When people get divorced in California, the law mandates that their "community property" be divided equally between them. This means that any property accumulated during the marriage, with the exception of inheritances and gifts, is subject to even distribution. While this sounds like a simple premise, if the spouses have property and assets of significant value, the whole procedure can become complicated fairly quickly. To ensure that you are sufficiently aware of the marital assets to be divided between you and your spouse, it is important that you consult with an experienced San Diego family law attorney as soon as possible.
Properly preserving the right to marital property that is eligible for distribution has the potential to affect each spouse's future financial position. By most accounts, this is a critical phase in the proceedings. One challenging aspect is determining what is separate and community property, respectively. A recent court of appeals case involving Frankie Valli and his wife, Randy Valli, addressed the issue of whether a life insurance policy is deemed community property to be split during the dissolution of the marriage. The parties had been married for 20 years when they decided to separate in 2004. The year before the separation, the husband used community property funds from a joint back account to pay for a life insurance policy valued at $3.75 million. His wife was named the sole owner and beneficiary.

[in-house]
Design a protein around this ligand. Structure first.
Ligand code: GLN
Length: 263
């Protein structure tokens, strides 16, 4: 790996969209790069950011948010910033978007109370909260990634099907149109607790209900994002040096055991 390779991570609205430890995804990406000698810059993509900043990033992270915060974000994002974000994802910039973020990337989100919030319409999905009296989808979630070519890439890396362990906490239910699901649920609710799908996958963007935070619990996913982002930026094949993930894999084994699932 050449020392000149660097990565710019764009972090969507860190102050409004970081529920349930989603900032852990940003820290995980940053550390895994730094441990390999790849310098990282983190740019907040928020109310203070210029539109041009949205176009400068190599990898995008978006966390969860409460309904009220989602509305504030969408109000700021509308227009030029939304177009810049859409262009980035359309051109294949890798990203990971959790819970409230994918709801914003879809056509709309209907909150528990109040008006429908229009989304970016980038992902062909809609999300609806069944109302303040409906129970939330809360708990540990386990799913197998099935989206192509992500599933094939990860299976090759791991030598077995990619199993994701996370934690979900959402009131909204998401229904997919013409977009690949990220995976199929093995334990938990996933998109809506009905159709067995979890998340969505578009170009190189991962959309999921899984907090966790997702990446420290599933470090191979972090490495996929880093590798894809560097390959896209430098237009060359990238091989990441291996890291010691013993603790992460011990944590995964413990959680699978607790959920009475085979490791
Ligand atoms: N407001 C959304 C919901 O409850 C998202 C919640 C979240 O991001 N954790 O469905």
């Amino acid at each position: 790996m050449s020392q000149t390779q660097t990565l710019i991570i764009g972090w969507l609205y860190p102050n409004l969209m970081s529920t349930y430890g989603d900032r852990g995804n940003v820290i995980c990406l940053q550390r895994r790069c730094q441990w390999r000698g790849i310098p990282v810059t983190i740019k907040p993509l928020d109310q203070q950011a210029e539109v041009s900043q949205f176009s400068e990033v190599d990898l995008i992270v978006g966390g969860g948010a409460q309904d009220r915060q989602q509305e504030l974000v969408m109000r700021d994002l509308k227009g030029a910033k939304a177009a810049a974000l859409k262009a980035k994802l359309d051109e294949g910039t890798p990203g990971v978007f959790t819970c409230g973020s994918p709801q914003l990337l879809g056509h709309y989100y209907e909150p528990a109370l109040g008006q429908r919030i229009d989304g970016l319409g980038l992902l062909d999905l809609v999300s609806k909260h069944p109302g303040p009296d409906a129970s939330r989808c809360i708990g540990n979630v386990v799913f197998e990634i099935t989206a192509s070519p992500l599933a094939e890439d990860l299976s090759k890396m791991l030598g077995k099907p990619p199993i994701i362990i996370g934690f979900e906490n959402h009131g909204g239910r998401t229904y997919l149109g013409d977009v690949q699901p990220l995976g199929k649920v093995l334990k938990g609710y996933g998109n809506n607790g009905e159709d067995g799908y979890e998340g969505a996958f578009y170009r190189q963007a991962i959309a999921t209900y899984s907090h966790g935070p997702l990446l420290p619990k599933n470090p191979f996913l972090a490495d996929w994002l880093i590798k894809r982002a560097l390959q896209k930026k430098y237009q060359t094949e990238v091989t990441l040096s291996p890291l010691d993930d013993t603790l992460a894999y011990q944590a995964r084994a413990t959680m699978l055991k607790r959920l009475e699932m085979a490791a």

At trial, the court determined that the life insurance policy was community property because it was acquired with community funds during the marriage. In crafting its judgment, the court awarded the policy to the husband but required him to buy out his wife's interest, namely one-half of the policy's cash value at the time of trial. The court of appeals reversed, concluding that the insurance policy was the wife's separate property.